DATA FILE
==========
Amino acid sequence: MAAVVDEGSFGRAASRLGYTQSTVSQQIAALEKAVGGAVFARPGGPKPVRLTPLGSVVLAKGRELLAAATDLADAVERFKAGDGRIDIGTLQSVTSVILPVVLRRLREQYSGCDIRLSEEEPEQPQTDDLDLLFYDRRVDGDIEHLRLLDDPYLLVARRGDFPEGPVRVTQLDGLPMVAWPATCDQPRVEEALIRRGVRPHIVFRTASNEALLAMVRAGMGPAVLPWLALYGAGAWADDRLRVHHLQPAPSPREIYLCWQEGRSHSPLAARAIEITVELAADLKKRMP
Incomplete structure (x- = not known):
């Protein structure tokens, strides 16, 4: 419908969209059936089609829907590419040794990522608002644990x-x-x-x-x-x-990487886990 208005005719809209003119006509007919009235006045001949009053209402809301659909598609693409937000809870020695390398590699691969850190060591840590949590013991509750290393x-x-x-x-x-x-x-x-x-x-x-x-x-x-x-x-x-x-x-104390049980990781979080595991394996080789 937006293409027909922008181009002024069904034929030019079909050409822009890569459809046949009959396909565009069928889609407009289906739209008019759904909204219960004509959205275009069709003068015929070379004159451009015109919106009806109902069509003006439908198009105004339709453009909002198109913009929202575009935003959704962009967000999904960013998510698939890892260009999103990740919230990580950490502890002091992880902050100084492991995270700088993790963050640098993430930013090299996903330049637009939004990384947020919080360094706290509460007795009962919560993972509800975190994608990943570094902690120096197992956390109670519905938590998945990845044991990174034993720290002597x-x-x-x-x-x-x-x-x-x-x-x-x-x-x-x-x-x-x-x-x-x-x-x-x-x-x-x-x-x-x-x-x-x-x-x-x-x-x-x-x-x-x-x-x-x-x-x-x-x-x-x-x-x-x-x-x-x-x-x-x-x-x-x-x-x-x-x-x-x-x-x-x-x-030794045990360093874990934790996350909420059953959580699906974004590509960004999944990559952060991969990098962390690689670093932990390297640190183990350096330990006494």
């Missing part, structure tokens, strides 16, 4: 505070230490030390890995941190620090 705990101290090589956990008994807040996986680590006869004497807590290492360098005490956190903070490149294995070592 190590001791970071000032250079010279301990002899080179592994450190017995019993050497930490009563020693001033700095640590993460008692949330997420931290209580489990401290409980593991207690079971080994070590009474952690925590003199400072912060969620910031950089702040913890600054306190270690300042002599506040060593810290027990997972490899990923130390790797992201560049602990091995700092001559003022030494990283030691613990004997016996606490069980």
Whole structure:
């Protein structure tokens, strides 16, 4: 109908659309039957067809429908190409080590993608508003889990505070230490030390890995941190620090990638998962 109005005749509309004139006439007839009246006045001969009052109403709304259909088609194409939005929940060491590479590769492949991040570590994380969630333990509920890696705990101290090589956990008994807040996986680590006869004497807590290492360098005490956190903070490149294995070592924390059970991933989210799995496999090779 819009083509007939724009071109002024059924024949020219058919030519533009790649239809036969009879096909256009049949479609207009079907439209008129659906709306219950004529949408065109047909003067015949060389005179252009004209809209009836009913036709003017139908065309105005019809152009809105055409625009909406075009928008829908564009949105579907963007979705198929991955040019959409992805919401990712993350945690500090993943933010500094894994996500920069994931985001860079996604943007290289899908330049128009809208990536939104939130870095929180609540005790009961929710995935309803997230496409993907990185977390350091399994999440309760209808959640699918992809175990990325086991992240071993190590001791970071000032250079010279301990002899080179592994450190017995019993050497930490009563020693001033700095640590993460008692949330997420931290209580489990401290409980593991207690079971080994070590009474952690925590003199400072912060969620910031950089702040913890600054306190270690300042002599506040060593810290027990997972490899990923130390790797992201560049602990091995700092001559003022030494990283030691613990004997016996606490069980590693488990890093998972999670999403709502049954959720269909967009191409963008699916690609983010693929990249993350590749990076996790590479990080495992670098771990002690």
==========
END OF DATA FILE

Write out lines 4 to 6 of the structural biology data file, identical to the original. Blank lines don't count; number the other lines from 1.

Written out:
């Missing part, structure tokens, strides 16, 4: 505070230490030390890995941190620090 705990101290090589956990008994807040996986680590006869004497807590290492360098005490956190903070490149294995070592 190590001791970071000032250079010279301990002899080179592994450190017995019993050497930490009563020693001033700095640590993460008692949330997420931290209580489990401290409980593991207690079971080994070590009474952690925590003199400072912060969620910031950089702040913890600054306190270690300042002599506040060593810290027990997972490899990923130390790797992201560049602990091995700092001559003022030494990283030691613990004997016996606490069980």
Whole structure:
């Protein structure tokens, strides 16, 4: 109908659309039957067809429908190409080590993608508003889990505070230490030390890995941190620090990638998962 109005005749509309004139006439007839009246006045001969009052109403709304259909088609194409939005929940060491590479590769492949991040570590994380969630333990509920890696705990101290090589956990008994807040996986680590006869004497807590290492360098005490956190903070490149294995070592924390059970991933989210799995496999090779 819009083509007939724009071109002024059924024949020219058919030519533009790649239809036969009879096909256009049949479609207009079907439209008129659906709306219950004529949408065109047909003067015949060389005179252009004209809209009836009913036709003017139908065309105005019809152009809105055409625009909406075009928008829908564009949105579907963007979705198929991955040019959409992805919401990712993350945690500090993943933010500094894994996500920069994931985001860079996604943007290289899908330049128009809208990536939104939130870095929180609540005790009961929710995935309803997230496409993907990185977390350091399994999440309760209808959640699918992809175990990325086991992240071993190590001791970071000032250079010279301990002899080179592994450190017995019993050497930490009563020693001033700095640590993460008692949330997420931290209580489990401290409980593991207690079971080994070590009474952690925590003199400072912060969620910031950089702040913890600054306190270690300042002599506040060593810290027990997972490899990923130390790797992201560049602990091995700092001559003022030494990283030691613990004997016996606490069980590693488990890093998972999670999403709502049954959720269909967009191409963008699916690609983010693929990249993350590749990076996790590479990080495992670098771990002690």